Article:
Quite aside from the impropriety of extending relief to persons who are not parties to this case, the balance of equities strongly favor the military, and the presumptive constitutionality of an Act of Congress, as against the single unnamed individual who has not shown any likelihood of irreparable injury. And Congress has determined the relevant public interest in § 2(c) of the Repeal Act by determining that an orderly transition is promoted by having § 654 apply on an interim basis pending completion of repeal. 19

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Respectfully submitted, TONY WEST Assistant Attorney General ANDRÉ BIROTTE JR. United States Attorney ANTHONY J. STEINMEYER (202) 514-3388 AUGUST E. FLENTJE (202) 514-3309 /s/ Henry Whitaker HENRY WHITAKER (202) 514-3180 Attorneys, Appellate Staff Civil Division, Room 7256 Department of Justice 950 Pennsylvania Ave., NW Washington, D.C. 20530 JULY 2011

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CERTIFICATE OF SERVICE I hereby certify that I electronically filed the foregoing emergency reconsideration motion with the Clerk of the Court for the United States Court of Appeals for the Ninth Circuit on July 14, 2011. I certify as well that on that date I caused a copy of this emergency reconsideration motion to be served on the following counsel registered to receive electronic service. I also caused a copy to be served on counsel via electronic mail.

Dan Woods (dwoods@whitecase.com) (213) 620-7772 Earle Miller (emiller@whitecase.com) (213) 620-7785 Aaron Kahn (aakahn@whitecase.com) (213) 620-7751 White & Case LLP 633 West Fifth Street, Suite 1900 Los Angeles, CA 90071-2007 /s/ Henry Whitaker Henry C. Whitaker

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DECLARATION OF MAJOR GENERAL STEVEN A. HUMMER

I, Major General Steven A. Hummer, declare as follows: 1. I have served in the United States Marine Corps for 37 years and am an active duty Major General. 2. I am currently Chief of Staff of the Repeal Implementation Team, a component of the Office of the Under Secretary of Defense for Personnel and Readiness. The Repeal Implementation Team is responsible for planning, coordination, and implementation of the repeal of 10 U.S.C. § 654, and related policies, consistent with the tenns of ''The Don't Ask, Don't Tell Repeal Act of 201 0" (Repeal Act). This means that I am responsible for coordinating the preparation ofthe Armed Forces for this very important change in personnel policy. 3. On October 12,2010, the U.S. District Court for the Central District of California issued a pennanent injunction against "enforcing or applying the 'Don't Ask, Don't Tell' Act and implementing regulations" and ordered the government "immediately to suspend and discontinue any investigation, or discharge, separation, or other proceeding, that may have been commenced under the 'Don't Ask, Don't Tell' Act, or pursuant to 10 U.S.C. § 654 or its implementing regulations." 4. On November 1,2010, the U.S. Court of Appeals for the Ninth Circuit stayed enforcement of the injunction. 5. On December 22,2010, President Obama signed into law the Repeal Act, which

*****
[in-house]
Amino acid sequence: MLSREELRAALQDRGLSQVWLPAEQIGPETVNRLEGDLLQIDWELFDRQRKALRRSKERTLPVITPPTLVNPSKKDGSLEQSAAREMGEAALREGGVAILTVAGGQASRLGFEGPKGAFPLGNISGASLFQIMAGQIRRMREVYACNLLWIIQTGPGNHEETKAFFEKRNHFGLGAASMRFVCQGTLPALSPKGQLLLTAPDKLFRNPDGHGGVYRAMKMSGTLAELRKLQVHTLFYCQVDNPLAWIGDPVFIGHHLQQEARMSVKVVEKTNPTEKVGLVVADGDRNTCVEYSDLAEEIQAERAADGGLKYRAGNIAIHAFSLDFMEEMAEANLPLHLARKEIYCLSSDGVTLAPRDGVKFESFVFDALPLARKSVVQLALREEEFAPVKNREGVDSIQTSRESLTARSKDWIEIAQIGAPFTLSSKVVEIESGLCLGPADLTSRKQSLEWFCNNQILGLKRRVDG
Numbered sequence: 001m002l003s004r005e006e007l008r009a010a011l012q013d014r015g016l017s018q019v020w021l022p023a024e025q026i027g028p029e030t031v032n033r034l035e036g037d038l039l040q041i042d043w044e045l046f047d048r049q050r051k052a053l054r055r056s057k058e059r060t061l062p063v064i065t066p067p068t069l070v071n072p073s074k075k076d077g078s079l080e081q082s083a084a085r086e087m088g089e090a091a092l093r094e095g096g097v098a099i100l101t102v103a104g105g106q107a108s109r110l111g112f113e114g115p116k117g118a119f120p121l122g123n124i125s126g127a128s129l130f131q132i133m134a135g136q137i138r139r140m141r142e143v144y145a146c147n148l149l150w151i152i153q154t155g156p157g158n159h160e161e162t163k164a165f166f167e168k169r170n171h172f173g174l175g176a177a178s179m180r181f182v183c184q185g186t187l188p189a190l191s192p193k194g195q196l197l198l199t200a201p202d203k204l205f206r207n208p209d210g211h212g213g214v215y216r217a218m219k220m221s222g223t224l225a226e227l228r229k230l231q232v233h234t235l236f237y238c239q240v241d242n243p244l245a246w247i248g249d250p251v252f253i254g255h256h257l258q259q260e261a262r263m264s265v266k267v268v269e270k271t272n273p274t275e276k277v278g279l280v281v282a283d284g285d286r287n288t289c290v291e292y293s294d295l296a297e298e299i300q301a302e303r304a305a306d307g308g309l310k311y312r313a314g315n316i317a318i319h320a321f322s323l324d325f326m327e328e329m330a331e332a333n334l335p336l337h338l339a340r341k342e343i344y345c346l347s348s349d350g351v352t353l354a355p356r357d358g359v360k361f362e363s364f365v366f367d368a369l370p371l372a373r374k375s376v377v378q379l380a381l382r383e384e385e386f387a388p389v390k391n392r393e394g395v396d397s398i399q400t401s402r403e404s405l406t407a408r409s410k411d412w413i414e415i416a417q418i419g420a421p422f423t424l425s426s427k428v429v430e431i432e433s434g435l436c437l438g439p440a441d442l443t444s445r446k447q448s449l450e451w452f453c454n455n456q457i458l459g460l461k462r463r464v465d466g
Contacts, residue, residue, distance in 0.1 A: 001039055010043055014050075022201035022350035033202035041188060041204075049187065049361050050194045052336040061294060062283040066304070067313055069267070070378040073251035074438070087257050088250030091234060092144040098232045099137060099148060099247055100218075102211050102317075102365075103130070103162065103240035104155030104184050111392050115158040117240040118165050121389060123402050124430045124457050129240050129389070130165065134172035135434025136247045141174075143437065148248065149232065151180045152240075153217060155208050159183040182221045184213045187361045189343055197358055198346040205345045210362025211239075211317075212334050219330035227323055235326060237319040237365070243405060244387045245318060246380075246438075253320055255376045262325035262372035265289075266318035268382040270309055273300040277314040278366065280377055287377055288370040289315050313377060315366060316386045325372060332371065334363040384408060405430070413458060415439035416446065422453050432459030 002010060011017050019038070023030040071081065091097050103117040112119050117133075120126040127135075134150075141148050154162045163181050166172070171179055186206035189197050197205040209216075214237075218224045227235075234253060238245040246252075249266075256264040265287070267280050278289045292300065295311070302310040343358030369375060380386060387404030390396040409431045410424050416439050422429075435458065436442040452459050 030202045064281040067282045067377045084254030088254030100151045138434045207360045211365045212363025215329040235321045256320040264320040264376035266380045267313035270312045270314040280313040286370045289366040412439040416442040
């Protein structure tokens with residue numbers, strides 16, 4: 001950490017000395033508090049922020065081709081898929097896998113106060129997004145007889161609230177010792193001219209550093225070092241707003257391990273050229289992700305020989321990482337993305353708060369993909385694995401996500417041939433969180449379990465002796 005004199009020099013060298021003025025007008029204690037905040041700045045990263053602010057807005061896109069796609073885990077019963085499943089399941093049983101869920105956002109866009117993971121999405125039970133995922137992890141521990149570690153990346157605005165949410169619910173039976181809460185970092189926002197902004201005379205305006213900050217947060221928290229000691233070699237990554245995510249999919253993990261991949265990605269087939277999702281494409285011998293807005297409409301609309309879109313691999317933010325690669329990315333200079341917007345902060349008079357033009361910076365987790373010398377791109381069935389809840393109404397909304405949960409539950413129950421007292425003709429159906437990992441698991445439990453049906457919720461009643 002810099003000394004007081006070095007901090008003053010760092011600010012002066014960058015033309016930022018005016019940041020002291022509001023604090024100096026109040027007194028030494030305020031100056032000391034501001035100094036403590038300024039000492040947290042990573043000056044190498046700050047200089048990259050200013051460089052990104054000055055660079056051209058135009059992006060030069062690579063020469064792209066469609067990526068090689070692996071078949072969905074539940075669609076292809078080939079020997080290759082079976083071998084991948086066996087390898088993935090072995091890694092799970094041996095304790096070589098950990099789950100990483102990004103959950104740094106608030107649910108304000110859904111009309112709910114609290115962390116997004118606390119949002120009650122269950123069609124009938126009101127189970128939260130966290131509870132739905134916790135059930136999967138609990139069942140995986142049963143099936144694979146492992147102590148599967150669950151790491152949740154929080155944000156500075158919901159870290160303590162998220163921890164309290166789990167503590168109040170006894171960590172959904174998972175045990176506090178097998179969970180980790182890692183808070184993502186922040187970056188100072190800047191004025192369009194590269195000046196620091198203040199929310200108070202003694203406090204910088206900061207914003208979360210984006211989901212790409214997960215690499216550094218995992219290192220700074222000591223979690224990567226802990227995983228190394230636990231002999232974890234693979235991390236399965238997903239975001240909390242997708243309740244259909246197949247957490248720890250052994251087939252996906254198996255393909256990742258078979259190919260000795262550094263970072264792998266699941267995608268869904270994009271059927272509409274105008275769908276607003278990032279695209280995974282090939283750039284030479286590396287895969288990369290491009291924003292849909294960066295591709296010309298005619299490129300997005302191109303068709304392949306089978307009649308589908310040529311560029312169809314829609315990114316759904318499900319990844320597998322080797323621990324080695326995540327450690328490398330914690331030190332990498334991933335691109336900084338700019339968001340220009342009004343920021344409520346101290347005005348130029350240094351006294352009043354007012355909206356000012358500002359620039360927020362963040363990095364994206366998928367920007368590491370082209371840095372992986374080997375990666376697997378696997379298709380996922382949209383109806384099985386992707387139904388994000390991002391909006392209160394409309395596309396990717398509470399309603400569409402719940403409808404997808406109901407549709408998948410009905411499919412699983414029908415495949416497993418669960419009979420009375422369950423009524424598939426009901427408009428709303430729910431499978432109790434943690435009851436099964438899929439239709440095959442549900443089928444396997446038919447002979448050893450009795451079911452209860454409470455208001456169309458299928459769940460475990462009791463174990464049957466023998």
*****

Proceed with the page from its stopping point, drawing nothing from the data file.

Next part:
provided a congressionally established process to ensure that § 654 is repealed in an orderly manner consistent with military necessity. 6. On July 6, 2011, a panel of the U.S. Court of Appeals for the Ninth Circuit lifted the November 1, 2010 stay, noting that "the process of repealing Section 654 is well underway, and the preponderance of the Armed Forces are expected to have been trained by mid-summer[]" and that "(t]he circumstances and balance of hardships have changed[.]"

The Path to Certification
7. The Legislative and Executive branches of government concluded, as reflected in passage of the Repeal Act, that implementation of repeal should be done in a careful and deliberate

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DECLARATION OF MAJOR GENERAL STEVEN A. HUMMER